“The top 10 lenders on his list are anomalous because he doesn’t look at the percentage of their involvement in the Grand Rapids community. Some of them actually have a significant involvement, but most of them do not.”
Another deficiency, as Martin sees it, is the study’s assessment of homeownership. Homeownership is vitally important, he observed, but the homeownership data used in the study dates to 1990, which was the most current data available. But 12-year-old data doesn’t accurately reflect the current market situation.
“A lot has happened in the last 10 years and I don’t think it would be prudent to draw conclusions based on 1990 data until we see 2000 data,” he said.
“I think we need to see how far the community has come in 10 years. In those 10 years there has been an enormous growth in the Hispanic community and 1990 data would tell you very little about what’s going on in the Hispanic community. Unfortunately, that was the timing of the report.”
According to Kent County census data, the Hispanic population increased by 45 percent and the Asian population by 63 percent between 1990 and 1998.
Martin also was disappointed with the study’s section on sub-prime lending. First, it didn’t put sub-prime lending in perspective, he said.
As the study points out, HMDA reports indicated that between 1993 and 1999 the number of sub-prime lenders in Grand Rapids grew from two to 262 and “their lending was targeted at minority and low-income borrowers.”
Sub-prime lending did grow dramatically during the 1990s. From 1993 to 1999, sub-prime lending grew by 880 percent, according to HUD.
In 1995 Michigan passed the credit reform act, which raised the permissible interest rate on consumer loans to 25 percent, Martin observed.
“What that did was that it allowed lenders to lend to customers that did not meet their usual standards of creditworthiness and, therefore, were more likely not to be able to repay the loan. So it was a more costly loan.
“It allowed them to charge more for the loan. They couldn’t have done that before 1995, so we wouldn’t expect to see a lot of sub-prime lenders before 1995 because it wasn’t permitted.”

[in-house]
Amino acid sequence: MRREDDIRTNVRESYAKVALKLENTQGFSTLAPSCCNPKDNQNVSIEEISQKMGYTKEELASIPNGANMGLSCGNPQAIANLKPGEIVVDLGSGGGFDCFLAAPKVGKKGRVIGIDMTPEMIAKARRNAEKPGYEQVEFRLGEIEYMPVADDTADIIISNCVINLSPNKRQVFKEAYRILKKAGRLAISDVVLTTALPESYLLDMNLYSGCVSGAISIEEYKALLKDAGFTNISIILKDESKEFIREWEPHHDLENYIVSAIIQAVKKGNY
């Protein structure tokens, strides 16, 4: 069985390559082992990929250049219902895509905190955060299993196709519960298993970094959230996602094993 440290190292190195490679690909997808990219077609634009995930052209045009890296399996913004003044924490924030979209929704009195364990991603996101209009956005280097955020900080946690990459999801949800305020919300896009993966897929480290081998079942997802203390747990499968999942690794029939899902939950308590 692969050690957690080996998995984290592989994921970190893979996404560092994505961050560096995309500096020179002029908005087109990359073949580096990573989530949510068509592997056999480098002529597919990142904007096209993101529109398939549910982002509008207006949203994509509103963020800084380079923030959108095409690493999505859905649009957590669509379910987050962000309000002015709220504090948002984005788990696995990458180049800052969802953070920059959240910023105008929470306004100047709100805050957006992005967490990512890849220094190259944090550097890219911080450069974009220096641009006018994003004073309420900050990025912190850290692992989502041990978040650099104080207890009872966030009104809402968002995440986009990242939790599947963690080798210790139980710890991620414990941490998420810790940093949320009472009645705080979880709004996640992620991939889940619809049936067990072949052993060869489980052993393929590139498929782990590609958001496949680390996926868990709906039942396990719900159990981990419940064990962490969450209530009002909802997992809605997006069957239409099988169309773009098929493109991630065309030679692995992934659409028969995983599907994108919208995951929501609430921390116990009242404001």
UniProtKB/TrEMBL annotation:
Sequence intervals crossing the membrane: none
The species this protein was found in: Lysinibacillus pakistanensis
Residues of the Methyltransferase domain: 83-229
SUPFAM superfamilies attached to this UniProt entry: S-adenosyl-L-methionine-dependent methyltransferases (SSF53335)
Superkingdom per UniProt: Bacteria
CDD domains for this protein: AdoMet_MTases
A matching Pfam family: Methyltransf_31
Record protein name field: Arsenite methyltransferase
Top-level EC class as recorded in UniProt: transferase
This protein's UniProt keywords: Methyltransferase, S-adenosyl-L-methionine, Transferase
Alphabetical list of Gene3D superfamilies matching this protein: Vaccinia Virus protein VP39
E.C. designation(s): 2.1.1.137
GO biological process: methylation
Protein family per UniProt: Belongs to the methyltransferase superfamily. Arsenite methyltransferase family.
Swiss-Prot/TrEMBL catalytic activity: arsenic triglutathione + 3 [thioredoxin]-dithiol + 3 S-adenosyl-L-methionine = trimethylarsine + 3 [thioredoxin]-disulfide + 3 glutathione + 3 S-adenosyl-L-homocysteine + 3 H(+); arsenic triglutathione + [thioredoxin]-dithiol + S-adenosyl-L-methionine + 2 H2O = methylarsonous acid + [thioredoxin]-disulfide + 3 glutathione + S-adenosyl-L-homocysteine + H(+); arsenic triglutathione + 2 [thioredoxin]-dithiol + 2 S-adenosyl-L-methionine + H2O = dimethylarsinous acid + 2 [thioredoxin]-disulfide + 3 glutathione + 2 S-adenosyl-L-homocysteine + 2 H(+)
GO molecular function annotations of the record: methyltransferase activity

The other reason for the sub-prime growth spurt was that a secondary market of mortgage-backed securities backed by sub-prime loans developed in the 1990s, which created the funding to enable the sub-prime market to grow, Martin pointed out.
“What that has done is increase the availability of credit to people who wouldn’t otherwise qualify for credit,” he said.
He said a recent report on sub-prime lending in all 331 MSAs in the country showed the Grand Rapids MSA in the bottom 20 percent for sub-prime lending.
Darden’s report notes that not all sub-prime lenders are predatory lenders, but that predatory lenders are more likely to fall within the sub-prime group of lenders.
What annoys Martin is that the report briefly addresses sub-prime lending, which is legal, and then goes on to devote a couple pages to predatory lending practices, which are illegal. The effect is a blurring of distinction between the two, and the report gives the impression the two are one and the same.
There could be predatory lenders in Grand Rapids, but the report does not document a single predatory lending practice here, Martin noted.
“The report doesn’t establish that predatory lending exists in Grand Rapids. It makes an enormous leap from a list of sub-prime lenders to the fact that the list is sometimes equated with predatory lenders. There’s nothing there.”
Kevin Kabat, president of Fifth Third Bank, Western Michigan, pointed out essentially the same flaws in the report in a letter to Mayor John Logie dated May 20.
Like Martin, Kabat acknowledged the study was valuable, but he cautioned that weaknesses in the methodology of the report “muddy its finding and lead to misleading conclusions” and stated that some of the report’s weaknesses are the result of limitations on the data.